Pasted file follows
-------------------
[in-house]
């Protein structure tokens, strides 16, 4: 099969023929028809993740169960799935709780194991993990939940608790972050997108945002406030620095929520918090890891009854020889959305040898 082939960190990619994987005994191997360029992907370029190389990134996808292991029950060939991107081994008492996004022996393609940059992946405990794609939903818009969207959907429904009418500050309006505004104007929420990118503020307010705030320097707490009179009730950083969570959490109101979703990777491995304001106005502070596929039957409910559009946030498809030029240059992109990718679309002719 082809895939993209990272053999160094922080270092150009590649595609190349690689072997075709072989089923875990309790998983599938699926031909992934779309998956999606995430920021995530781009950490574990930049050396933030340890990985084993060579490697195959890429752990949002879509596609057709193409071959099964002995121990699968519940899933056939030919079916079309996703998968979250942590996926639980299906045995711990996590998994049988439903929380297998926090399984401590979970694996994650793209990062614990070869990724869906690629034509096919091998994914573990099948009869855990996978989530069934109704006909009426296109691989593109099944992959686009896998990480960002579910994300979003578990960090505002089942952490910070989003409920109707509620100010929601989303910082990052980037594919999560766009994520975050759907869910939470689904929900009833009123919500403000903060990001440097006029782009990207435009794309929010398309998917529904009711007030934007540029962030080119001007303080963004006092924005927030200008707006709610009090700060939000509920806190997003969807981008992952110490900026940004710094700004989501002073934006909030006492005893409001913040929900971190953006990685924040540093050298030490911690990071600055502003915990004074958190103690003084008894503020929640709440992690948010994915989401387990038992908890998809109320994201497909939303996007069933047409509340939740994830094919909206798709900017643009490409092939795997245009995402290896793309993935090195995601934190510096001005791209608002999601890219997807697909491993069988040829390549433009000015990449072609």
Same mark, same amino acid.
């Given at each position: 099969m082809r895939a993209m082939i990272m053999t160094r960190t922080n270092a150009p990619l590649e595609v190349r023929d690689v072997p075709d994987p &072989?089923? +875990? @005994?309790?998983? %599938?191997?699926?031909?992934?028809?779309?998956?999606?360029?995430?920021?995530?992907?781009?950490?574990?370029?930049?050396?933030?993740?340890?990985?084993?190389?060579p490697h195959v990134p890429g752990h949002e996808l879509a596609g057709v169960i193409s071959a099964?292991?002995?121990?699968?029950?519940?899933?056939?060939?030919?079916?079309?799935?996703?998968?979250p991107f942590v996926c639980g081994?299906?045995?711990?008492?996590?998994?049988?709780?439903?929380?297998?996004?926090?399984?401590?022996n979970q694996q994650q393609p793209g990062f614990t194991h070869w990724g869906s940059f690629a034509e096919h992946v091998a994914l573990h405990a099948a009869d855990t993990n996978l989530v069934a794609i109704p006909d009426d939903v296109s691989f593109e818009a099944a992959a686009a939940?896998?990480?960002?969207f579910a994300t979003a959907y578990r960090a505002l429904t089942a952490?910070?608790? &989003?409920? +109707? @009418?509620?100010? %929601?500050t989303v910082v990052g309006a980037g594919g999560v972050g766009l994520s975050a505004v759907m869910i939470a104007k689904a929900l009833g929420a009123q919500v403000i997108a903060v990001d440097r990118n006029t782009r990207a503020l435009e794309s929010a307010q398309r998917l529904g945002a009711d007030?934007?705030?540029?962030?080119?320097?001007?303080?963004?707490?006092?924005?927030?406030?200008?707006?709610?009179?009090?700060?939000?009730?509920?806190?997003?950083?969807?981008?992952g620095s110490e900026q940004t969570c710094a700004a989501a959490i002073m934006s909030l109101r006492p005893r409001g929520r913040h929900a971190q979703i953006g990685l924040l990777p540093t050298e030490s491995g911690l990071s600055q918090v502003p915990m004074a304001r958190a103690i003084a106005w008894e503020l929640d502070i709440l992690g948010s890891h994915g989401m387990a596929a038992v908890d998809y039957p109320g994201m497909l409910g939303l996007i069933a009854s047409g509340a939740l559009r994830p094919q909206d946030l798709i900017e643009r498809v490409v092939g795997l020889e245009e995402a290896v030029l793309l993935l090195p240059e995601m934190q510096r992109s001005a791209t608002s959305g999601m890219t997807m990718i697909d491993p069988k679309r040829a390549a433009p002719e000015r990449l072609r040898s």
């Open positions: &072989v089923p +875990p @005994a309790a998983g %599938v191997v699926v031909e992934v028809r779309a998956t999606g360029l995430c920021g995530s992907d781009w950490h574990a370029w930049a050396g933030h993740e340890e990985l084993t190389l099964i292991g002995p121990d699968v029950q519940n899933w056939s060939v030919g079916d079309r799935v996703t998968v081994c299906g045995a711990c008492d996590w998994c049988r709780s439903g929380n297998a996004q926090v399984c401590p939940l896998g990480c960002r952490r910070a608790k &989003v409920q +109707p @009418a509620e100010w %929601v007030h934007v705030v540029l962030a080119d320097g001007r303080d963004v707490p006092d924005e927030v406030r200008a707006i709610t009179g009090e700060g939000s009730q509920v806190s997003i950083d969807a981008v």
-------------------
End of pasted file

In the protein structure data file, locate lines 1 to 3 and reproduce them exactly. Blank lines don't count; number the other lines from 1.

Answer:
[in-house]
């Protein structure tokens, strides 16, 4: 099969023929028809993740169960799935709780194991993990939940608790972050997108945002406030620095929520918090890891009854020889959305040898 082939960190990619994987005994191997360029992907370029190389990134996808292991029950060939991107081994008492996004022996393609940059992946405990794609939903818009969207959907429904009418500050309006505004104007929420990118503020307010705030320097707490009179009730950083969570959490109101979703990777491995304001106005502070596929039957409910559009946030498809030029240059992109990718679309002719 082809895939993209990272053999160094922080270092150009590649595609190349690689072997075709072989089923875990309790998983599938699926031909992934779309998956999606995430920021995530781009950490574990930049050396933030340890990985084993060579490697195959890429752990949002879509596609057709193409071959099964002995121990699968519940899933056939030919079916079309996703998968979250942590996926639980299906045995711990996590998994049988439903929380297998926090399984401590979970694996994650793209990062614990070869990724869906690629034509096919091998994914573990099948009869855990996978989530069934109704006909009426296109691989593109099944992959686009896998990480960002579910994300979003578990960090505002089942952490910070989003409920109707509620100010929601989303910082990052980037594919999560766009994520975050759907869910939470689904929900009833009123919500403000903060990001440097006029782009990207435009794309929010398309998917529904009711007030934007540029962030080119001007303080963004006092924005927030200008707006709610009090700060939000509920806190997003969807981008992952110490900026940004710094700004989501002073934006909030006492005893409001913040929900971190953006990685924040540093050298030490911690990071600055502003915990004074958190103690003084008894503020929640709440992690948010994915989401387990038992908890998809109320994201497909939303996007069933047409509340939740994830094919909206798709900017643009490409092939795997245009995402290896793309993935090195995601934190510096001005791209608002999601890219997807697909491993069988040829390549433009000015990449072609």
Same mark, same amino acid.